Crafting Effective Contracts for Your Business

Businesses are built on effective contracts. Nearly every aspect of your venture’s operations, from the developer who creates your website to the office space you rent, will be governed by a contract. Because of that, strong, effective contracts are an essential asset for any business.

We’ve outlined below how legal counsel can strengthen your company’s contracts in situations that businesses often encounter early in their life cycles.

Business Leases: Finding a Home for Your Company

Most people have signed a lease at some point, but the typical business lease is very different from the kind used to rent an apartment. Business leases include terms like “additional rent”, “good guy” clauses, and use restrictions that don’t appear in residential leases, which makes negotiating these agreements much less intuitive. In order to secure a space and terms that work for your business, expert guidance is indispensable. A thoughtful, well-written, properly negotiated lease will help you avoid potential pitfalls so you can feel secure in your company’s new home.

Non-Disclosure Agreements: Protecting Your Sensitive Information

You’re likely familiar with the basic premise of an NDA—essentially, a contract in which two or more parties enter into a confidential relationship and agree not to share sensitive information with others. Although relatively well known, we find that these agreements are not used as frequently as they should be, and when they are implemented, they’re often needlessly complicated.

Whenever you are contemplating a new relationship with an outside provider or stakeholder, it’s essential to ensure that your sensitive information remains yours, and a clear and straightforward NDA is the ideal way to do it.  Also, beware of signing NDAs presented to you by potential counterparties without proper review, as they can limit your ability to do business in ways you might not have foreseen.

Production Agreements: Setting Standards for Quality

You can’t do everything yourself, and bringing in other people or businesses to assist with production is often a necessary step for growing your company. When that time comes, however, it’s important that you retain control over both the means of production and the end products.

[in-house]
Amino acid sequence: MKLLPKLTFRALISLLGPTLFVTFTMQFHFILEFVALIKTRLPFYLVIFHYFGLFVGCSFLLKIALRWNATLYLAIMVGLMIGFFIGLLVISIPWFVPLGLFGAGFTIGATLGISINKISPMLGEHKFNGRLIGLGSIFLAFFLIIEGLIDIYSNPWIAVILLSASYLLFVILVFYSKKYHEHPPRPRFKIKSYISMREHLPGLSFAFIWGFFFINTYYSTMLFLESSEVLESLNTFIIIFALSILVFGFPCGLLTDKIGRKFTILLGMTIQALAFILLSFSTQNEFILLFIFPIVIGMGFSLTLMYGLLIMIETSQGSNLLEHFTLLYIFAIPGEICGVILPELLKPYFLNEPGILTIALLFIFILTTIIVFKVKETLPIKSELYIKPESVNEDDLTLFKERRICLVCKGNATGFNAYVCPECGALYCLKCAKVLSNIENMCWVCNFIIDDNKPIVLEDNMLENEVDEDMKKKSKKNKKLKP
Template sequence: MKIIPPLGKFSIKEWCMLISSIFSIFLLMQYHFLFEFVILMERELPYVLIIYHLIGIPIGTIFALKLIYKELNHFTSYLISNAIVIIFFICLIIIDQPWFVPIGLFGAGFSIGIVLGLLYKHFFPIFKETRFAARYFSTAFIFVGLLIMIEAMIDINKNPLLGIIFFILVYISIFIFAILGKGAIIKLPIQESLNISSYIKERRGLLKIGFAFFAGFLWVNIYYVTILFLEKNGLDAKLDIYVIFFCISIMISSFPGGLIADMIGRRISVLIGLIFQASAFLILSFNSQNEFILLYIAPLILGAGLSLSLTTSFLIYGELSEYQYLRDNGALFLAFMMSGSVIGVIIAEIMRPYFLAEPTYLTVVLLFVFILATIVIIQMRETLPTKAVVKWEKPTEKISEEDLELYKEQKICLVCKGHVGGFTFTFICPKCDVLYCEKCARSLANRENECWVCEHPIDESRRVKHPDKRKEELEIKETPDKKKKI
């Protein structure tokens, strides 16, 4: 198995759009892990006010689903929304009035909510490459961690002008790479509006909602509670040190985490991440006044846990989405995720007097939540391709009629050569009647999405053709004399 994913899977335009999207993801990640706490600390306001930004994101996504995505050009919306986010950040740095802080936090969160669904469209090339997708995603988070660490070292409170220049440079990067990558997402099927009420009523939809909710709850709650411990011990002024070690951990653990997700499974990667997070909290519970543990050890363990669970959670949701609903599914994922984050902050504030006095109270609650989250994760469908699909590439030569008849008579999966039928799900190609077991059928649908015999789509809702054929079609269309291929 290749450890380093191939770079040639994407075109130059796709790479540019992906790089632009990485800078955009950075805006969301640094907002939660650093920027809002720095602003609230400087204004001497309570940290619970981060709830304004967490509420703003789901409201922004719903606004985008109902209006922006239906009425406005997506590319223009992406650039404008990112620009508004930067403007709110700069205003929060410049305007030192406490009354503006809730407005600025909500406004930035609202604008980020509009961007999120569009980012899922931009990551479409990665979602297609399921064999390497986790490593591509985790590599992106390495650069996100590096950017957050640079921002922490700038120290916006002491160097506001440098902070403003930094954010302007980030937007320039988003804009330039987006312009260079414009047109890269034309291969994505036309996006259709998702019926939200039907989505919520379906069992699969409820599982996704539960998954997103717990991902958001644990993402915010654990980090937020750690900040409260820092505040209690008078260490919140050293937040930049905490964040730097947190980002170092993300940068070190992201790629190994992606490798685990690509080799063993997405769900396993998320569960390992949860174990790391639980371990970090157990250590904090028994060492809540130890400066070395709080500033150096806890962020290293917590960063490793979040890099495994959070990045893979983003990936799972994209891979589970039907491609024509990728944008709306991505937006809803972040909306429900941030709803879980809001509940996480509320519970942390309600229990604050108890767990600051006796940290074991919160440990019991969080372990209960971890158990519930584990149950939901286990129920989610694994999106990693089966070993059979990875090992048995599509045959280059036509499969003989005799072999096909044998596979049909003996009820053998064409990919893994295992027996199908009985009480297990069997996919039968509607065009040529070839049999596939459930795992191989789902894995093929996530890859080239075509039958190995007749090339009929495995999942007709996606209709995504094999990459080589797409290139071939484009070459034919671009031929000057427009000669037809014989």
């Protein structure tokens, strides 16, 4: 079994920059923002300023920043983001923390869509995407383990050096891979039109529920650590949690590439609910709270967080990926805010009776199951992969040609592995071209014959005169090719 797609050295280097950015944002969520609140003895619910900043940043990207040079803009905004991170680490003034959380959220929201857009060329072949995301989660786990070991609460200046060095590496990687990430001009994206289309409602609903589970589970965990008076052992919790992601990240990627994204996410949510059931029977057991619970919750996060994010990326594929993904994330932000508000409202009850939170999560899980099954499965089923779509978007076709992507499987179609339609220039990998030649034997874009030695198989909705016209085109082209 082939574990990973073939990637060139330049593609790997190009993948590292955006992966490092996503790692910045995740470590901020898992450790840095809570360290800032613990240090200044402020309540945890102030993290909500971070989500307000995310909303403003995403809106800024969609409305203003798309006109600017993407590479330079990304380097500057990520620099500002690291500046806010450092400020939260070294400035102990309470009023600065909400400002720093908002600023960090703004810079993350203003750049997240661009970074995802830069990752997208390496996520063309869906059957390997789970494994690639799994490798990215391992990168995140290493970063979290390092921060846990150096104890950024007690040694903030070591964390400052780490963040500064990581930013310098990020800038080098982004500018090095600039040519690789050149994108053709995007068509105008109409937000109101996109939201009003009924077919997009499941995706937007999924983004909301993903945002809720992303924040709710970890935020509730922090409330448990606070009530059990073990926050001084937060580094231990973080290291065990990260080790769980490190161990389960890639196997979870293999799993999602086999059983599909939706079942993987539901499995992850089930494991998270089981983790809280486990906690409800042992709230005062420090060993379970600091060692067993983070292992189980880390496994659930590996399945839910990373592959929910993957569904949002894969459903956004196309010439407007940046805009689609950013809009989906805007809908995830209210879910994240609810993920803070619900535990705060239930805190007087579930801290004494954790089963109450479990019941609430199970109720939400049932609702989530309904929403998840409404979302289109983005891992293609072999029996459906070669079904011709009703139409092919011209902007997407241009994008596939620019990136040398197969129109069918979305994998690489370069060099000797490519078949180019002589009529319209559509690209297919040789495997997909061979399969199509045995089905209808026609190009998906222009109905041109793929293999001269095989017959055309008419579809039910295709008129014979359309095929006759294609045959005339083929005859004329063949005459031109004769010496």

For that, you’ll need a robust production agreement tailored to your business. Relying on poorly drafted or boilerplate agreements can have serious unintended consequences, including liability for faulty products and damage to your reputation.

Licensing Agreements: Sharing Intellectual Property

Your intellectual property is your business’s greatest asset. As the recent settlement over Peloton’s use of music illustrates, allowing a third party to use your IP can be an important money-making opportunity, but only when paired with protections that keep your work secure and compensate you fairly. Making use of outside IP can also be lucrative, but excessive restrictions can limit growth prospects.

No matter which route you pursue, you’ll want to work with a legal team to create a secure an equitable licensing agreement that governs the relationship between the parties involved. A properly drafted licensing agreement will protect your rights as an IP owner, and if you are sourcing work from a third party, it will ensure that you receive what you need to achieve your goals.

Vendors: Managing Day-to-Day Business Needs

Even in the early phases of your business, the list of potential vendors you might encounter is long: web developers, marketing partners, office equipment suppliers, IT services, SaaS licenses, and more. While many of these contracts are straightforward, some may require more nuance and negotiation. When those situations arise, it’s important to have an attorney with experience in documenting these types of relationships review your contracts before you get locked into an unfavorable contract.  It is much less expensive to negotiate a fair contract than it is to get out of an unfair one.

Sales Reps: Setting the Stage for Growth

Bringing in a sales rep can unlock serious growth for your business, and it’s an important step to get right. At the same time, it can be a challenging relationship to negotiate, especially since there are many sales-specific provisions to work out in the corresponding contract, and employee/independent contracting compliance issues to be concerned about.

From commission and compensation structures to time, place, and manner issues, a well drafted sales rep agreement must address a wide array of topics. A skilled legal advisor can help you navigate these issues.

Seth has over 20 years of experience, as an attorney practicing at international law firms and as in-house counsel to an international private equity firm. Seth has advised on, structured and executed commercial transactions throughout North America, Europe, Asia, Africa and South America, both as a legal practitioner as well as an equity and debt holder.
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